Arthur Wynne settled for a time in Pittsburgh, Pennsylvania, where he worked on the Pittsburgh Press newspaper and played the violin in the Pittsburgh Symphony Orchestra. He later moved to New York City and worked on the New York World newspaper. He is best known for the invention of the crossword puzzle in 1913, when he was a resident of Cedar Grove, New Jersey.
Wynne created the page of puzzles for the Fun section of the Sunday edition of the New York World. For the December 21, 1913 edition, he introduced a puzzle with a diamond shape and a hollow center, the letters F-U-N already being filled in. He called it a "Word-Cross Puzzle".
Although Wynne's invention was based on earlier puzzle forms, such as the word "diamond", he introduced a number of innovations (e.g. the use of horizontal and vertical lines to create boxes for solvers to enter letters). He subsequently pioneered the use of black squares in a symmetrical arrangement to separate words in rows and columns. With the exception of the numbering scheme, the form of Wynne's "Word-Cross" puzzles is that used for modern crosswords.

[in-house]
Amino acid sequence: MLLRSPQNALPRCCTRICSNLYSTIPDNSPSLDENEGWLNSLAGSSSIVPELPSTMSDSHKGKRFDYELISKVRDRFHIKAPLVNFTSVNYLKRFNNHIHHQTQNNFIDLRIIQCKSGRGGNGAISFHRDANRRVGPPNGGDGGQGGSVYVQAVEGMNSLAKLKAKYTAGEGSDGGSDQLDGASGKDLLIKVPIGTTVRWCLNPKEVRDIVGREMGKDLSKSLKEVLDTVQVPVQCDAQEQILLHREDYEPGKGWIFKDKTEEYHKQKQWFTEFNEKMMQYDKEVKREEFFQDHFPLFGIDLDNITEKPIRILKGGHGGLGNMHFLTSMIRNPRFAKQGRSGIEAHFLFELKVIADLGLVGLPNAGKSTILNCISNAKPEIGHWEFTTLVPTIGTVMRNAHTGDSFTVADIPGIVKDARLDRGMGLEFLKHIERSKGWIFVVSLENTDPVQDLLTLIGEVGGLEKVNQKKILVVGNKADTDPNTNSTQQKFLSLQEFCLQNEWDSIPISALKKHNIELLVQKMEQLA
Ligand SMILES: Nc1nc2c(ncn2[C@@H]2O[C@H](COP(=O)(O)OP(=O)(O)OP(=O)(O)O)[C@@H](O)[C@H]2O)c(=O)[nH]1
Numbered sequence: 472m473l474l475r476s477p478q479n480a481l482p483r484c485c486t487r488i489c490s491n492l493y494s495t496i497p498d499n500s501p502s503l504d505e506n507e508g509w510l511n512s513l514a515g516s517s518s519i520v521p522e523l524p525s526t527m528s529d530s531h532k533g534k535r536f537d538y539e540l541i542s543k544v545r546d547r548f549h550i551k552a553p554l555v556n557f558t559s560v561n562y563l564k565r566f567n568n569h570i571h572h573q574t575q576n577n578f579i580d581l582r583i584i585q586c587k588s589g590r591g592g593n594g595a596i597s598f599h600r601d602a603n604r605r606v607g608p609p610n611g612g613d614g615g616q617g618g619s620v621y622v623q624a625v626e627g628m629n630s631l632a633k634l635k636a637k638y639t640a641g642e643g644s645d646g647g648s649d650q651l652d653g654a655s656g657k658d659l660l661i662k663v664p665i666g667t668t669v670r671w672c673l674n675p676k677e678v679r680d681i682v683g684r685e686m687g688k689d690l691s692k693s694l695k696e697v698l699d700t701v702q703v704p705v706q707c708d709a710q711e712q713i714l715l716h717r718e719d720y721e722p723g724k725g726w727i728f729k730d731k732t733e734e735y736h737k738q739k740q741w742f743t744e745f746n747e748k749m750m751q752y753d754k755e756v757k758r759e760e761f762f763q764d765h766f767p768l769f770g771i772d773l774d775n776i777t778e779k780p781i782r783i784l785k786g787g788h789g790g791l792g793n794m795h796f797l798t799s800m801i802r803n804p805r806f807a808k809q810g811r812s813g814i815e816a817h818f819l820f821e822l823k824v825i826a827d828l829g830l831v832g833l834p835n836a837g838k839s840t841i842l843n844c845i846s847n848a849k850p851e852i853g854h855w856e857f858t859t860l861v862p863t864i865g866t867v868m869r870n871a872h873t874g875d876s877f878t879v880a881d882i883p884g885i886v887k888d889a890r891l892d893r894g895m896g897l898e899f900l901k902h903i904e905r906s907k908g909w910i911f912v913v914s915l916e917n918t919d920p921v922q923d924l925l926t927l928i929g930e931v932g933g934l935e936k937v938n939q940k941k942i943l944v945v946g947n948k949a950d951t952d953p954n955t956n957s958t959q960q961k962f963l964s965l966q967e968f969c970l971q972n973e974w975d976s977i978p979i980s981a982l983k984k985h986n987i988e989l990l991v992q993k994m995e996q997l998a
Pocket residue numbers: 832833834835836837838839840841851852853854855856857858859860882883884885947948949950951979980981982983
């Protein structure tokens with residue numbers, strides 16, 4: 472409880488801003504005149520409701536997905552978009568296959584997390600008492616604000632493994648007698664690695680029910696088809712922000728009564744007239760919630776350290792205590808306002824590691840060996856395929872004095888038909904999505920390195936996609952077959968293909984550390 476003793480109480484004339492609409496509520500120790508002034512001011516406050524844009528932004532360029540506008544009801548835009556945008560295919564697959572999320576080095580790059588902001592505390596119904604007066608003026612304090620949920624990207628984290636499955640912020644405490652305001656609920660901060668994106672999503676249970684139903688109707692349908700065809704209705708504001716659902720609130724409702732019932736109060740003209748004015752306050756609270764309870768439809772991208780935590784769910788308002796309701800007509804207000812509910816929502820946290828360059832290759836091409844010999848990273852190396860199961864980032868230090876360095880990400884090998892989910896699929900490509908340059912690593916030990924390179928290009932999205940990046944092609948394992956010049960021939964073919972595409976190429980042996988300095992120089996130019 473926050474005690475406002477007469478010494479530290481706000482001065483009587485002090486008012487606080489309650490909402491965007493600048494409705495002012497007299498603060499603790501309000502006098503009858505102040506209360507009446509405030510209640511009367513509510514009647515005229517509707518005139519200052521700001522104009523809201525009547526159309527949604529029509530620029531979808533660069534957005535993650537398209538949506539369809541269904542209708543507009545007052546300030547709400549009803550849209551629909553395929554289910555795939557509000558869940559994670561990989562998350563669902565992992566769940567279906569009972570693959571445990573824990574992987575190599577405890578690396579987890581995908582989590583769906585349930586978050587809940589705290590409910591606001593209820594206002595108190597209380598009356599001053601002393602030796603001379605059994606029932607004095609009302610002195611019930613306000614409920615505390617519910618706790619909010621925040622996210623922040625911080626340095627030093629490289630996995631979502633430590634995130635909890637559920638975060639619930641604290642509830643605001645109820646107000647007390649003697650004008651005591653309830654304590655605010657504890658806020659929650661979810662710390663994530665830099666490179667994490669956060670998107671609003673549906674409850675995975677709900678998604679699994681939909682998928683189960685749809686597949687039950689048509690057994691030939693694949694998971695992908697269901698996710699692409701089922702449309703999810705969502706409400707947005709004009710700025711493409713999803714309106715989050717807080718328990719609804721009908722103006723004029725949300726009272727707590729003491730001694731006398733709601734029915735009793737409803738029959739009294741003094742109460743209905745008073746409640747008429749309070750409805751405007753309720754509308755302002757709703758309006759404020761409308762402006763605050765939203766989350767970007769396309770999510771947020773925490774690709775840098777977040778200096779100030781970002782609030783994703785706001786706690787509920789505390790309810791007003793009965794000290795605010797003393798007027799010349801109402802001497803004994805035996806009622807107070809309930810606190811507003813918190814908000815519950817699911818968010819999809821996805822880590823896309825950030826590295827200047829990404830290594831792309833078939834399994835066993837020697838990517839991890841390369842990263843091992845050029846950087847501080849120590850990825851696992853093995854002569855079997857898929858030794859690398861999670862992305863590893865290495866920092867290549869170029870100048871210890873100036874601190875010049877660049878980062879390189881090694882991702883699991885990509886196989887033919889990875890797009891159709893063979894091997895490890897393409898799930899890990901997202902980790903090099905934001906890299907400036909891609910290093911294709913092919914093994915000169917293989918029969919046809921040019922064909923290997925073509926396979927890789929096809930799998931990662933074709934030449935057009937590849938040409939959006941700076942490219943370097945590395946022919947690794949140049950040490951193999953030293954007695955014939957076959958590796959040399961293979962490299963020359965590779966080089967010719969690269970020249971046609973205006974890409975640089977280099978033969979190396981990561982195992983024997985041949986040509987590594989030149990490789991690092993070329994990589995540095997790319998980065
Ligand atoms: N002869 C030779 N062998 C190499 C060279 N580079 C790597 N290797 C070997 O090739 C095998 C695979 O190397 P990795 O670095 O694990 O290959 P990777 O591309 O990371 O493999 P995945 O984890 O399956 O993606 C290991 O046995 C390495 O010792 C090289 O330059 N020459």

A few weeks after the first "Word-Cross" appeared, the name of the puzzle was changed to "Cross-Word" as a result of a typesetting error. Wynne's puzzles have been known as "crosswords" ever since.
Later life and death
- Declaration of Intention [to become a naturalized US citizen] dated March 21, 1917, New Jersey State Archives
- Arthur Wynne, o Desconhecido Ilustre
- U.P. obituary dated January 15, 1945
- Jaegar, Philip Edward (2000). Cedar Grove. Charleston, SC: Arcadia Publishing. ISBN 0-7385-0452-1
- Augarde, Tony (2003). The Oxford Guide to Word Games. Oxford: Oxford University Press. ISBN 0-19-866264-5.
- U.S. Census 1920, 1930